Meeting commitments requires billions for transition, says Osler lawyer
Transitioning towards a “net zero” carbon future will require significant changes within all parts of the “energy value chain,” says Sander Duncanson, partner with Osler, Hoskin & Harcourt LLP.
“We’re talking many billions, of not trillions of existing infrastructures” that will need to be repurposed, says Duncanson in a recent interview with Lexpert TV. He specializes in environmental, regulatory, and Indigenous law issues for natural resource developers.
To make the required transition will not only mean making changes to already-built infrastructure, but it will also” require new technologies to allow this to happen.”
While companies are governments are embracing the need to make this transition and invest in such technology, Duncanson says, “we need to recognize that a transition fully away from carbon-based sources is still many years away.” As a result, carbon-based energy sources will still need to be an “important part of how we achieve our country’s climate objectives.”
He notes that companies have sunk billions into investing in existing infrastructure. Making the transition to new energy sources and repurposing the infrastructure to accommodate these new sources, will take “companies away from areas where they have significant long-standing expertise and into new areas where they may have very limited expertise.”
He adds that “there is a lot of financial and legal risk that comes with changing those types of investments and growth strategies. . . [As a lawyer], I can only imagine how difficult and risky those types of business decisions would be.”
Duncanson’s advice to companies going through such a shift is that they “make sure they are obtaining support from legal and financial advisors who have specific experience in those areas.”
Governments in Canada, especially the federal government, have provided several financial incentives for companies to engage in various aspects of the transition to a lower-carbon future. But Duncanson adds that one of the key issues he sees in his practice is that the regulatory and tax frameworks that exist today “don’t adequately address some of these new technologies and developments” and that they should be updated.
Despite the attention given to carbon-free or lower-carbon energy sources such as blue hydrogen and geothermal and lithium derived from petroleum brine, Duncanson says the current regulatory framework is “not ideal for these technologies because they weren’t specially contemplating those new technologies.”
To the extent that governments can provide regulatory clarity for those types of new technologies, Duncanson says, “that would certainly help facilitate new investment.”
As for the impact of environmental laws and the concerns of Indigenous communities on energy projects, Duncanson says that Canada has struggled in recent years to attract investment in the energy and large infrastructure sectors because of the perception that Canada has significant regulatory risks. The concern is that it often takes to deal with environmental issues and consult with Indigenous communities can add significant delays.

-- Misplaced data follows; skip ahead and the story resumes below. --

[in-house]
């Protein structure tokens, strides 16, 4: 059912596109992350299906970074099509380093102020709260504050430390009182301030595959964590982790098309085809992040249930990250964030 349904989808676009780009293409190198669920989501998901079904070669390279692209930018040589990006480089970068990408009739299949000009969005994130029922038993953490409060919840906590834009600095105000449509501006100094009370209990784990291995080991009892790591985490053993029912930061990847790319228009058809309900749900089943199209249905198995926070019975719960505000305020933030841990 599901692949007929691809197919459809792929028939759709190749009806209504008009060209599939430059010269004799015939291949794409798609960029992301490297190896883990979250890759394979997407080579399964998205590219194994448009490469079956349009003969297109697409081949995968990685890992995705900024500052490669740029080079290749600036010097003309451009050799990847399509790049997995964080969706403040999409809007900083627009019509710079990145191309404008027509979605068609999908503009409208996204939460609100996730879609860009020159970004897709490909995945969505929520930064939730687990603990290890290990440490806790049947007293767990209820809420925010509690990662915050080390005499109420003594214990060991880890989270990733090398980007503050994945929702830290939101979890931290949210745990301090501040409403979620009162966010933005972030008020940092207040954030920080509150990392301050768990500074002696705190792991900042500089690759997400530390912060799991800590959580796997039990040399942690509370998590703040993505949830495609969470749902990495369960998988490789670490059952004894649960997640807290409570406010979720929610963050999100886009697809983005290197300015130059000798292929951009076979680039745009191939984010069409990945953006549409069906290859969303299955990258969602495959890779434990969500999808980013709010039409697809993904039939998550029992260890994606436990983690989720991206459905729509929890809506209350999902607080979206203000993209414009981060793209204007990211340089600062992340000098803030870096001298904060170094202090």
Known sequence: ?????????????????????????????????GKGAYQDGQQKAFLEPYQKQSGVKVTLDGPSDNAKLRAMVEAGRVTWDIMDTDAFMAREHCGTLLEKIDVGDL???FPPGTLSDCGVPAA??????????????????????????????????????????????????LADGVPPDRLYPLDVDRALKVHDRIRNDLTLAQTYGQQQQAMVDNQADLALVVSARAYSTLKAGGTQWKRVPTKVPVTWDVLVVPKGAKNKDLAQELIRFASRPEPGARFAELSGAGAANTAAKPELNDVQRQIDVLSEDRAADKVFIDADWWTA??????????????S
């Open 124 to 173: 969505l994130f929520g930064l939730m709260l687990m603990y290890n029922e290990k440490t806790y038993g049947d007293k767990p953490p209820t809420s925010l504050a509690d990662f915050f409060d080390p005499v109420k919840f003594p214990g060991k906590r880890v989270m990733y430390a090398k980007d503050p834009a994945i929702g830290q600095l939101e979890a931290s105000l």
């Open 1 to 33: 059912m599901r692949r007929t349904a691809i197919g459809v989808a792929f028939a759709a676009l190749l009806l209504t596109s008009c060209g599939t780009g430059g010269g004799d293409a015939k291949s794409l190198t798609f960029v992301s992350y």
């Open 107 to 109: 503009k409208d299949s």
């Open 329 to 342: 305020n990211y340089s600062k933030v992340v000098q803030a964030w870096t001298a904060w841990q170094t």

“In my experience, those risks can be successfully managed in most cases,” he says, “but, by and large, those risks still remain today.”
He adds that the large infrastructure projects needed to develop lower-carbon energy sources will likely have to clear the same regulatory and consultation hurdles, “so how business and governments manage those risks will likely be one of the key factors in how well Canada succeeds in this energy transition.”
Duncanson says that businesses interested in being part of the coming energy transition should consider working with legal and financial advisors to look at the risks associated with opportunities and advance specific initiatives without committing material capital. This work would happen alongside working with governments on changing the regulatory and tax regimes to accommodate these projects. To the extent that new opportunities are dependent on government funding or financial incentives to make economic sense, Duncanson says, “you can advance your initiatives until the appropriate time.”
Those companies with the farthest advanced projects will be “the most likely to secure” government funding and private capital. “It may pay to be proactive, even in the face of uncertainty.”
Duncanson notes that when he started his legal career, the term “energy law” was synonymous with oil and gas law and often focused on transactions.
“That’s changed. The term energy law can now encompass a whole lot of different things, including renewable energies, alternative energies, [and] various disciplines that are now at the forefront of advancing [lower-carbon] types of energy projects.” An energy law practice will also require knowledge of project financing, environmental issues, Indigenous consultation, tax law, and intellectual property law.
“It doesn’t mean energy lawyers are becoming generalists and less specialized,” he says. “To the contrary, these subject areas are becoming increasing complex. So there is a need to specialize within each of those different specific disciplines.”
Adds Duncanson: “For new energy projects, that requires having a cross disciplinary team of experts across all of those different areas, to make sure that the clients are obtaining seamless and coordinated legal advice across all areas of what is now coined energy law.”